One of the most recognised faces of Indian comedy, and the mind behind talk show ‘Son of Abish’, Abish Mathew says that COVID-19 forced a lot of creators to go completely digital and it will be difficult for the comedy industry to come back to the live space…Abish speaks with Siddhi Jain.
“Just like a pendulum, we went from a completely live experience to completely digital, doing web series, sketches and shows. Once again, live stand-up was appreciated more than the YouTube stand-up. After the COVID-19 hit, everyone took to the digital space. Coming back to the live arena is going to be different. What that means is, this pandemic will blend the digital and live in a hybrid space,” Abish, who has hosted Amazon Prime Video’s ‘Comicstaan’, told IANSlife.
Speaking about the impact of the ongoing pandemic on the comedy industry, he shared over the phone: “Before COVID-19, we were justifying ourselves by saying industry standards don’t apply to us because we’re artists. As soon as COVID-19 hit, we would see that immediately, everyone evolved. Nobody cribbed, nobody complained. A lot of people were forced to evolve into digital creation, and they have adapted to it really well. That’s when I realised we’re an industry.”
Luckily, Abish’s talk show had been going on for the last six years, and was easy to plug into the digital port because hundreds of viewers were anyway watching the edited version online. “The setback in the live industry was a lot, but thanks to Zoom or video conference platforms, it is recovering very slowly as well. It’s like being back in 2009.”
The show’s seventh season, which was completely home-made, features Shruti Haasan, Kalki Koechlin, Asif Ali, Flying Beast aka Gaurav Taneja, Tanmay Bhat, Kanan Gill and Rahul Subramanian as guests in some of its episodes. Boman Irani and Anubhav Singh Bassi are upcoming guests on the show. While the content proves to be an engaging crowd-puller just like before, the setting of the show has transformed from a set to a video conferencing call.
On making of the seventh season, he says: “Pandemic had set in uncertainty about ‘what we are going to do’, and it has started growing. We were discussing possibilities and, I said, wait, why don’t we do ‘Son of Abish’ ? And my friends and others were like, ‘That’s not a good idea’. I agreed. But, then they said, hold on, ‘It’s your show, you can do what you want. What’s the worst that could happen? I would not get views.’ I’d show people this was done at home, if it doesn’t work. This time around it was a bunch of people, who had this attitude which can be summarised in five words: F*** it, let’s do it.”
“Everyone was doing this entire season for the first time, so there were no expectations, thus no stress. The only deadline was Friday 8 P.M. We, as artists, what we do is we keep editing, editing, adding, adding, colour correcting. You put that effort in movies. Here, the effort was to put out the best version you can. Otherwise, you keep working, and people don’t like it, and your emotion is connected to it. ‘Son of Abish’ is my therapy.”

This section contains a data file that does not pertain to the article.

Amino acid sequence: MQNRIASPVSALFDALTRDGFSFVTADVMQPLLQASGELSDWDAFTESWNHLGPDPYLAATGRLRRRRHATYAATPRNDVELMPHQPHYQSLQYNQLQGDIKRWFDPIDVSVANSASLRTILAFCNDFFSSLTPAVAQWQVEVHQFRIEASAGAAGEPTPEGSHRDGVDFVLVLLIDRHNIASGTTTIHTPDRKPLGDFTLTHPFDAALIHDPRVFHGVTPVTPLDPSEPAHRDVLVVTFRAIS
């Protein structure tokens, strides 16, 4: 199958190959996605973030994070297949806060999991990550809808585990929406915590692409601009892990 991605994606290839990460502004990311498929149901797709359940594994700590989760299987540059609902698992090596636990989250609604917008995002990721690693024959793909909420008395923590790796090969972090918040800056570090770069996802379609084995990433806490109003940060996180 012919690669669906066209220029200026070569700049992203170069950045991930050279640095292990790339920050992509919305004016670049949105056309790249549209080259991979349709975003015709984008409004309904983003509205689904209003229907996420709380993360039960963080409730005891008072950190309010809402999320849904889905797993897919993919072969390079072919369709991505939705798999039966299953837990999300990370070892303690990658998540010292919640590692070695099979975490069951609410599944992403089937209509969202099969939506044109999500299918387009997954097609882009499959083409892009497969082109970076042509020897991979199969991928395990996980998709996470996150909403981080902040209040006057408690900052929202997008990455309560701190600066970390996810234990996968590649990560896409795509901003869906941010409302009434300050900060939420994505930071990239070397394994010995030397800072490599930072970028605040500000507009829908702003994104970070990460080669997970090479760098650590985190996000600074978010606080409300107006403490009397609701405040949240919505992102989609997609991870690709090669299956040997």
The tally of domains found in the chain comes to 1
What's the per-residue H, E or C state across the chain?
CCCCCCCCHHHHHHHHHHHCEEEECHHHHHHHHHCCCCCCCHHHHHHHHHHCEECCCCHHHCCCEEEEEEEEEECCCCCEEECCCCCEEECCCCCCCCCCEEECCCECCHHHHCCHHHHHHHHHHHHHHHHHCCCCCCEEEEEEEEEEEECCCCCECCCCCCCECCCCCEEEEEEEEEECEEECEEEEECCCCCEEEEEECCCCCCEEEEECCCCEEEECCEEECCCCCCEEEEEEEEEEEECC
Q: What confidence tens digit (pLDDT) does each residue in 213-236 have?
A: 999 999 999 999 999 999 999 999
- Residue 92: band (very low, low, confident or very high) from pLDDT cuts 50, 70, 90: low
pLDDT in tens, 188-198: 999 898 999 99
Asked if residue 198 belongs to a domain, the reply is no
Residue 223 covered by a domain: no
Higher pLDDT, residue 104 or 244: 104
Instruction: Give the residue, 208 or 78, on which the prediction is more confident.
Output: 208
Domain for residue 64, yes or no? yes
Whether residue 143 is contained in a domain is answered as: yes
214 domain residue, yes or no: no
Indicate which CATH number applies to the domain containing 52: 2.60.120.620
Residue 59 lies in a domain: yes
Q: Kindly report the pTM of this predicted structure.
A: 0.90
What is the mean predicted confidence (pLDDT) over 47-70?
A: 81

The hit talk-show, has previously featured stars like Irrfan Khan, Vidya Balan, Taapsee Pannu, Sonakshi Sinha, Badshah, Vicky Kaushal, Abhay Deol, Radhika Apte, Vishal Dadlani, Vir Das, Jim Sarbh, Siddhant Chaturvedi, and Kunal Kamra.
“‘Son Of Abish’ Picks is where we bring new talent and it is an explosive hit. The comments are overwhelmingly about them and a lot of artists are being recognised because of this. Bringing in international artists has expanded the reach of the show. Bringing a huge Pakistani Creator (Irfan Junejo) has sparked a lot of cross border artist collaboration,” he adds.
Abish Mathew has become one of the most sought after comedians and producers in the comedy world. “In the future, these changes will happen — Tier-based seating: You will have broadcast, people watching it on a website online or a software. You have the live experience, which means the closer you are to stage, the more expensive it gets. In the digital show, the differentiation would be like this: people who can only watch the show, people who can be on the same Zoom or Google Hangouts call but not have the right to speak, people who get chat access, people who get a private conversation at the end of the show, and then people who can do screenshots (new-age selfies) ‘backstage’ will be another tier.”
“As an artist, you’d be doing shows with people from San Francisco and from Mumbai, which is why you can’t just do jokes for the people of Bombay. You’d have to make it slightly more global and understand your audience,” Abish said.
After the pandemic, everyone is coming to the realisation that we have an audience which is very wide, he says.
“Our accountability has increased. During the pandemic, I have learnt the names of more of my fans than I have in my entire career. I knew 5-6 people, now I know 20 people who keep coming back to the show. There’s a community finally being built around ‘Son of Abish’, which is a very positive thing. Everyone wants to belong, also the audience and the artist.”
Abish also spoke about content-wise evolution for creators.
“There are two things that can happen: implosion and explosion. In implosion, when you get validation from people who follow your stuff, you only start to create for those people. If you take one million followers, and you create jokes for them, they’d become exclusive super fans. You’d become buddies with them. You make specific art that connects with them. Then there’s an explosion, where I want new people to discover my stuff. It was a numbers game. We’d have to figure whether we have to make implosive or explosive art.